After such a brilliant season, it was perhaps inevitable that Lambert would suffer a bump in the road, and this proved to be the case as injuries badly affected his 2019 season.

He was involved in two serious crashes, firstly with his own team-mate Cook in the SoN at Togilatti, and then the following weekend in an SEC round at Torun, and the resultant damage effectively ended his hopes both in the SEC and the World Under-21 series – as well as ruling him out of a British Final title defence.

But he did produce a virtuoso showing in the World Under-21 Team Cup Final at Belle Vue, scoring 20 points from a possible 21 to help GB to silver medals overall behind winners Poland.

And his British average still stood up well at 7.81, behind only the dominant Swindon trio of Jason Doyle, Troy Batchelor and Rasmus Jensen, and Belle Vue’s Max Fricke, whilst despite the injuries he was able to take his place in eight of the 11 rounds of the Grand Prix series having been called up as reserve, gaining vital experience at the summit of the sport.

2020 proved to be a different season for everyone, with no domestic league racing in the UK so Lambert, who was set to line up for King’s Lynn once again, was based in Poland throughout the year with occasional trips to Sweden to race for Lejonen.

Having left Lublin over the winter, Lambert lined up for Ekstraliga newcomers Rybnik – and whilst the team struggled badly, he proved the bright spot with a string of high scores, often achieved from the No.8 position from where he was not able to pre-plan his racing schedule with any degree of certainty.

Highlights included a 14-point haul on his home debut against Zielona Gora, 15 against champions Leszno, and 13+1 against Gorzow in what turned to be Rybnik’s one and only win of the season.

Whilst the Silesian club drop back down to Division One for 2021, Lambert has been hot property amongst the Ekstraliga clubs and is certain to have a place in the top flight next year, which would have been the case regardless of the new rule ensuring clubs field an Under-24 rider in the main body of their team.

The revised arrangements in 2020 due to Covid also resulted in a much-changed SEC series, which took place over five rounds and all in Poland over a period of just under a month.

Lambert’s form made him one of the favourites for the title, and he was well-placed after the first round at Torun where he finished second to Madsen in the Final but held the joint points-lead with Nicki Pedersen on 14.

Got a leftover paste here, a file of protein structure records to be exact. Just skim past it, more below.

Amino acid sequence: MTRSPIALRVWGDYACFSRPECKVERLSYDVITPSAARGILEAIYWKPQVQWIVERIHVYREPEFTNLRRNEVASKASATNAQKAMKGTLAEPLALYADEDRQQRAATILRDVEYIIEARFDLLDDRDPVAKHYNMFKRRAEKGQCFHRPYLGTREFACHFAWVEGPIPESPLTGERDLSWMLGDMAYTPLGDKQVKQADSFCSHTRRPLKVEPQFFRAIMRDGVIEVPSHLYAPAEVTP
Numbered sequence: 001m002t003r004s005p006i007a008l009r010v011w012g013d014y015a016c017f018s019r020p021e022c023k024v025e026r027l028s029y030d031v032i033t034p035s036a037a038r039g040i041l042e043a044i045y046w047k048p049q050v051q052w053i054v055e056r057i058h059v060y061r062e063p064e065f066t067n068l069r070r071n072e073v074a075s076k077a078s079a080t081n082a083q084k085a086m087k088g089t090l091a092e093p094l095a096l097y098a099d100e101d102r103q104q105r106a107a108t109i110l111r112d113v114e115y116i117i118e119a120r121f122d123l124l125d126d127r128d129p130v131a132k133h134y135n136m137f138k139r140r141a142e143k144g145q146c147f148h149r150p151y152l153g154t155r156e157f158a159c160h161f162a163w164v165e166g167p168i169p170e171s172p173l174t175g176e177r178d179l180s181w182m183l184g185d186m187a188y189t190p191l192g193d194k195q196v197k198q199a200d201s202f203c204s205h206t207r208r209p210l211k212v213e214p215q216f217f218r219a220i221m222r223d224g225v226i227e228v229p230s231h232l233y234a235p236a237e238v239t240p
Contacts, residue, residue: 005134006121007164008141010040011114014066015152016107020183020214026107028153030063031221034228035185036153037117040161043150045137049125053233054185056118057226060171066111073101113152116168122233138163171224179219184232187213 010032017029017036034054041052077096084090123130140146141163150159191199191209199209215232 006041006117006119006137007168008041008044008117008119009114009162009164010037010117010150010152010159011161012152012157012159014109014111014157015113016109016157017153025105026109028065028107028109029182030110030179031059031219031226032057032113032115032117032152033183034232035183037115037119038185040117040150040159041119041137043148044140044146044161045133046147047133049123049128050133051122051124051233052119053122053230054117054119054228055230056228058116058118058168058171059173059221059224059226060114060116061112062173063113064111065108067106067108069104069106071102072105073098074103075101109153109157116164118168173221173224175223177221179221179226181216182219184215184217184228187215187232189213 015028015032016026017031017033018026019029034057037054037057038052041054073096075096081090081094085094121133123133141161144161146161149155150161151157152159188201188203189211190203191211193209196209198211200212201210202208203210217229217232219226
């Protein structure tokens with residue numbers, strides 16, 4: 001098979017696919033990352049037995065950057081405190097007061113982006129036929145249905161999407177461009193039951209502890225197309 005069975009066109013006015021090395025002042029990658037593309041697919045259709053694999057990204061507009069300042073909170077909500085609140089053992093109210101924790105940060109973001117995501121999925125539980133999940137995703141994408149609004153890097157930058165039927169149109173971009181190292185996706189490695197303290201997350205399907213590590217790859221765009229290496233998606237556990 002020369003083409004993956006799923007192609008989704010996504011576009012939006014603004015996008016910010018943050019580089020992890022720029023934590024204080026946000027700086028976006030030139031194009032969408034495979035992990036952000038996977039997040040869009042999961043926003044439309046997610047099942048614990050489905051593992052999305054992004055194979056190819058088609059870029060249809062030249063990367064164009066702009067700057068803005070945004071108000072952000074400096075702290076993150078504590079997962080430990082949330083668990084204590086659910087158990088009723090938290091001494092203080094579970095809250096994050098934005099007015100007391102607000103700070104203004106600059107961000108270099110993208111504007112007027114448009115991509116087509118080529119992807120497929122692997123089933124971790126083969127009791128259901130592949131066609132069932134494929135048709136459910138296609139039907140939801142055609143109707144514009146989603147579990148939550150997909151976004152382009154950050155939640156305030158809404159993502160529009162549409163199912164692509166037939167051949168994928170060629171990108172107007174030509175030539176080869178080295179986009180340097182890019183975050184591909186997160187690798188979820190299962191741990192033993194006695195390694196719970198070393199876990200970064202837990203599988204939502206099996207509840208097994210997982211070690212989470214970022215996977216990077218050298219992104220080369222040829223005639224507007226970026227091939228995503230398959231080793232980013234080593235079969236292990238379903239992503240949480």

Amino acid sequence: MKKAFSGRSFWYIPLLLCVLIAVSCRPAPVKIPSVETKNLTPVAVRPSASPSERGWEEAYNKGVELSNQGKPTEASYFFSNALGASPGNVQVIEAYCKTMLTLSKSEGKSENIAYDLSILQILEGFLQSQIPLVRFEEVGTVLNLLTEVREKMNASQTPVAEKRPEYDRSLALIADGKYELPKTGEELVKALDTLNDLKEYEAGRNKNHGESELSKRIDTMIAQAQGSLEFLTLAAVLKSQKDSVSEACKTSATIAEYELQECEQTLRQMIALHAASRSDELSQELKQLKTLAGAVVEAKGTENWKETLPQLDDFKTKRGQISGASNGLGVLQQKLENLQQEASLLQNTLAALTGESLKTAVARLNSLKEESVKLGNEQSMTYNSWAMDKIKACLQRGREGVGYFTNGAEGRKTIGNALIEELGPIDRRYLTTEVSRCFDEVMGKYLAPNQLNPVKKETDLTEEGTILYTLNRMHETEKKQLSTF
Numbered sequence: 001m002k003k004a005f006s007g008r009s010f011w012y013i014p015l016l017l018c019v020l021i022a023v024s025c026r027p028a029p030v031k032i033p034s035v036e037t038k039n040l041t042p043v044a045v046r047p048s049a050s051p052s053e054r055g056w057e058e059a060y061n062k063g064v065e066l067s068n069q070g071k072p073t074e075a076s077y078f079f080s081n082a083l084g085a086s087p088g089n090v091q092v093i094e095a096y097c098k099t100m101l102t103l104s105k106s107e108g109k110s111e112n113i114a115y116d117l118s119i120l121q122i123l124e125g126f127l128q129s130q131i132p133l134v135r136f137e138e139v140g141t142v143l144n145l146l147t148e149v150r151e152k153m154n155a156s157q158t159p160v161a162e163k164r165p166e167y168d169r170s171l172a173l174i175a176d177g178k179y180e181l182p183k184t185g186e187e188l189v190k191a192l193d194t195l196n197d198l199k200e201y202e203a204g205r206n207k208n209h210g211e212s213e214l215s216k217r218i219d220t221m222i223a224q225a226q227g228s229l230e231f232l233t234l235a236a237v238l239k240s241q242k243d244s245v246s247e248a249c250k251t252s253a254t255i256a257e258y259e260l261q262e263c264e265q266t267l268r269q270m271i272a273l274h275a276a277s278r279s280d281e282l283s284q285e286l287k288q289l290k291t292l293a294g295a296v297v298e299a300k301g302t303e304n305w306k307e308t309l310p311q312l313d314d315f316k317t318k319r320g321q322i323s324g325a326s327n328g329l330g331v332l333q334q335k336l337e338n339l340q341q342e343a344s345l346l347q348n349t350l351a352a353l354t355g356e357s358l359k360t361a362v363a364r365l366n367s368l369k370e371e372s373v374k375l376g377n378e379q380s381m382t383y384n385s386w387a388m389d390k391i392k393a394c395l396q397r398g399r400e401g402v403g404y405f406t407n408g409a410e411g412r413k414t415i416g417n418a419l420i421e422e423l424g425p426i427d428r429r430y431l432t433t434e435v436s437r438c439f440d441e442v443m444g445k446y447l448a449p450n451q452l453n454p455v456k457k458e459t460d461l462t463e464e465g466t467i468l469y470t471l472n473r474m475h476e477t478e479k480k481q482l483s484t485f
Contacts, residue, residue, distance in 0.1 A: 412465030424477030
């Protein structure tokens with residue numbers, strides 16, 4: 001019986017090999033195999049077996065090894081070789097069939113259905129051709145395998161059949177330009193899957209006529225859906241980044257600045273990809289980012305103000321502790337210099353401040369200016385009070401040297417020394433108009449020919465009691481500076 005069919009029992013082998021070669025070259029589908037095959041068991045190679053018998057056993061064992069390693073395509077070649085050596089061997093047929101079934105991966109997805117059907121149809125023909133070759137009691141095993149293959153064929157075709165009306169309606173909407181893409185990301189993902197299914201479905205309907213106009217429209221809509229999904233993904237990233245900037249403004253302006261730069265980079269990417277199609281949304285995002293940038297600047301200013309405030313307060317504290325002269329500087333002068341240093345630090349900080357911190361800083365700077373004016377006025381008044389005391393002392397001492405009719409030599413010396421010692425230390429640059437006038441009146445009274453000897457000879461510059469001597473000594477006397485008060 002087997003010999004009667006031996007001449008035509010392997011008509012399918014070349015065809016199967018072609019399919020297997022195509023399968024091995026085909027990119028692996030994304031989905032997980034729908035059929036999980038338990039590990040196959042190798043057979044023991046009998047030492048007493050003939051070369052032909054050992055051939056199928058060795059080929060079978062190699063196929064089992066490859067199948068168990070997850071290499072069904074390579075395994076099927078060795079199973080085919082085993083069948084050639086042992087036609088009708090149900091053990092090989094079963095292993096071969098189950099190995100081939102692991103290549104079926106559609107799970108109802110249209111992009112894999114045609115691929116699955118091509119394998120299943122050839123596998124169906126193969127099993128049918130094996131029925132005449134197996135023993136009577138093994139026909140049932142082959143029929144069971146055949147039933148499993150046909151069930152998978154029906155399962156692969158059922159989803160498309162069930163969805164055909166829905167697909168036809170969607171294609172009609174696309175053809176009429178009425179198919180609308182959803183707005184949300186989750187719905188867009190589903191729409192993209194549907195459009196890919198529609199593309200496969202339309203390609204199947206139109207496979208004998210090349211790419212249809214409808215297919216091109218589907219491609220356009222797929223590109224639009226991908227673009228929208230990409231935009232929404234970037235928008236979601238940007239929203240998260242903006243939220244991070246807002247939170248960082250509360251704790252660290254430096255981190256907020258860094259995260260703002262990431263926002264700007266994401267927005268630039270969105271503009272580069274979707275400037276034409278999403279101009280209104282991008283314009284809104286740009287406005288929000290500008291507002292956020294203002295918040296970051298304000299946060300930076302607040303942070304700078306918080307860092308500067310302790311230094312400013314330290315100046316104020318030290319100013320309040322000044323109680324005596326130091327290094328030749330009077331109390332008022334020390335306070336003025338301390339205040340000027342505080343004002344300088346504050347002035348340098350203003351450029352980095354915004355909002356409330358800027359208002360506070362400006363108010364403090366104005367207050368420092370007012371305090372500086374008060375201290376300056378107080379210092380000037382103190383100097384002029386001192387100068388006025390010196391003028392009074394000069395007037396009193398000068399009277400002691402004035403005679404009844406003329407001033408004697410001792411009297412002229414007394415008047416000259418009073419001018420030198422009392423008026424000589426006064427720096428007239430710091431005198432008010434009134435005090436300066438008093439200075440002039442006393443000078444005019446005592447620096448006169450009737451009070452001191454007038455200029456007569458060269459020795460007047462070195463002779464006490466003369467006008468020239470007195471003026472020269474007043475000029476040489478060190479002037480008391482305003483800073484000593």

In Bydgoszcz, Lambert added 10 points as he missed out in the Last Chance race, and his hopes then took a dent on his home track at Rybnik as he scored 12 points in the qualifiers but suffered mechanical trouble at the start of the Last Chance and lost ground to Madsen, who established a six-point overall advantage.

But Lambert came roaring back on a tough track at Gniezno, winning the meeting with a bumper 17-point haul whilst Madsen was reduced to nine, leaving the series perfectly poised with a two-point lead for Lambert.

The decider back in Torun was a nerve-shredding meeting as Lambert cleared the first hurdle by beating Madsen in Heat 1 but followed up with two third places as the Dane appeared to be gaining in speed.

Lambert won his fourth outing but then faced a high-pressure Heat 19 where the wrong result would automatically have made Madsen champion – and he responded superbly with a win over Pawel Przedpelski, Kacper Woryna and Pedersen.

That put the onus back on Madsen to reach the meeting Final, which he did via the Last Chance, and the position heading into the decider was that Lambert could afford to finish one place behind Madsen to clinch the title – whilst defeat by two places would have meant a run-off.

And it turned out perfectly for the British rider as he dominated the Final as Madsen battled to overcome Timo Lahti and Kai Huckenbeck, which gave Lambert overall victory by a three-point margin, and made him the first British winner since Peter Collins in 1974 when the event formed part of the World Final qualifying process.

Crucially, it also meant Lambert was able to become the first rider to benefit from the new rule which hands an automatic place in the following season’s Grand Prix series to the SEC winner.

And so whilst there was no fairy-tale finish in the rain-soaked October SoN event at Lublin, Lambert can now look ahead to a massive 2021 season as a full-time SGP rider for the first time, as well as defending his SEC title.

He will also be set to play his part in what will hopefully be a far more ‘normal’ SoN contest with the Final expected to be as scheduled in 2020 in Manchester, and wherever his destinations prove to be for league competition, those clubs can be virtually certain of more high scores and progress.